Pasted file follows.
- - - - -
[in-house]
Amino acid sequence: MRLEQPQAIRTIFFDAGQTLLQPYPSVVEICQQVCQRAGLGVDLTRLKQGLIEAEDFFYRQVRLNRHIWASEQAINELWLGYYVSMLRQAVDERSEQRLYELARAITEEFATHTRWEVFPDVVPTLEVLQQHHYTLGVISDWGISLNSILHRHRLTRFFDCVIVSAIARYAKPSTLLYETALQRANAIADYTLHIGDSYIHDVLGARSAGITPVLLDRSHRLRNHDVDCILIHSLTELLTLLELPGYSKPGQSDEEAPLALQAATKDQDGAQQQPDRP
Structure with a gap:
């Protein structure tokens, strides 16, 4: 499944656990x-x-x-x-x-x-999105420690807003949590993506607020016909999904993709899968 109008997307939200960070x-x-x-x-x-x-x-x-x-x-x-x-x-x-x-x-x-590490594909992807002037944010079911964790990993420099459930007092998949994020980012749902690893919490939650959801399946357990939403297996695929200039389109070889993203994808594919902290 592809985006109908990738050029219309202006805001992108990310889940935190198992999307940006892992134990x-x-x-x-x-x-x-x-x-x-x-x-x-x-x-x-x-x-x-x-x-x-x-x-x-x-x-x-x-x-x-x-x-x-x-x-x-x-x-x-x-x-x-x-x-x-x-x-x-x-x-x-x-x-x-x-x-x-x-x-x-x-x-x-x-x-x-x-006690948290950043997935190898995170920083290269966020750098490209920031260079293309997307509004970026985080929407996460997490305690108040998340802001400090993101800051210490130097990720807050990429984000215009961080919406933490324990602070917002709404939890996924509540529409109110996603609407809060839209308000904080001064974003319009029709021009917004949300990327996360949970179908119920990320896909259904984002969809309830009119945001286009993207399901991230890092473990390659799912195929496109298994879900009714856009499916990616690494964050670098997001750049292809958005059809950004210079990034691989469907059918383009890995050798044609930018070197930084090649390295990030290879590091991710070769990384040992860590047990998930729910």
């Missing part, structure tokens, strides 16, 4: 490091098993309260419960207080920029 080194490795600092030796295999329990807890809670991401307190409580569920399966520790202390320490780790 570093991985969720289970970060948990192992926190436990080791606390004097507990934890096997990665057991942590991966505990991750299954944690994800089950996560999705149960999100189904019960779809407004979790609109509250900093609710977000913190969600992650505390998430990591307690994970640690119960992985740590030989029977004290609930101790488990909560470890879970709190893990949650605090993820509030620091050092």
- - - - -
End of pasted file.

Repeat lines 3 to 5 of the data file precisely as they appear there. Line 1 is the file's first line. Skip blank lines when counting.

Structure with a gap:
């Protein structure tokens, strides 16, 4: 499944656990x-x-x-x-x-x-999105420690807003949590993506607020016909999904993709899968 109008997307939200960070x-x-x-x-x-x-x-x-x-x-x-x-x-x-x-x-x-590490594909992807002037944010079911964790990993420099459930007092998949994020980012749902690893919490939650959801399946357990939403297996695929200039389109070889993203994808594919902290 592809985006109908990738050029219309202006805001992108990310889940935190198992999307940006892992134990x-x-x-x-x-x-x-x-x-x-x-x-x-x-x-x-x-x-x-x-x-x-x-x-x-x-x-x-x-x-x-x-x-x-x-x-x-x-x-x-x-x-x-x-x-x-x-x-x-x-x-x-x-x-x-x-x-x-x-x-x-x-x-x-x-x-x-x-006690948290950043997935190898995170920083290269966020750098490209920031260079293309997307509004970026985080929407996460997490305690108040998340802001400090993101800051210490130097990720807050990429984000215009961080919406933490324990602070917002709404939890996924509540529409109110996603609407809060839209308000904080001064974003319009029709021009917004949300990327996360949970179908119920990320896909259904984002969809309830009119945001286009993207399901991230890092473990390659799912195929496109298994879900009714856009499916990616690494964050670098997001750049292809958005059809950004210079990034691989469907059918383009890995050798044609930018070197930084090649390295990030290879590091991710070769990384040992860590047990998930729910």
């Missing part, structure tokens, strides 16, 4: 490091098993309260419960207080920029 080194490795600092030796295999329990807890809670991401307190409580569920399966520790202390320490780790 570093991985969720289970970060948990192992926190436990080791606390004097507990934890096997990665057991942590991966505990991750299954944690994800089950996560999705149960999100189904019960779809407004979790609109509250900093609710977000913190969600992650505390998430990591307690994970640690119960992985740590030989029977004290609930101790488990909560470890879970709190893990949650605090993820509030620091050092």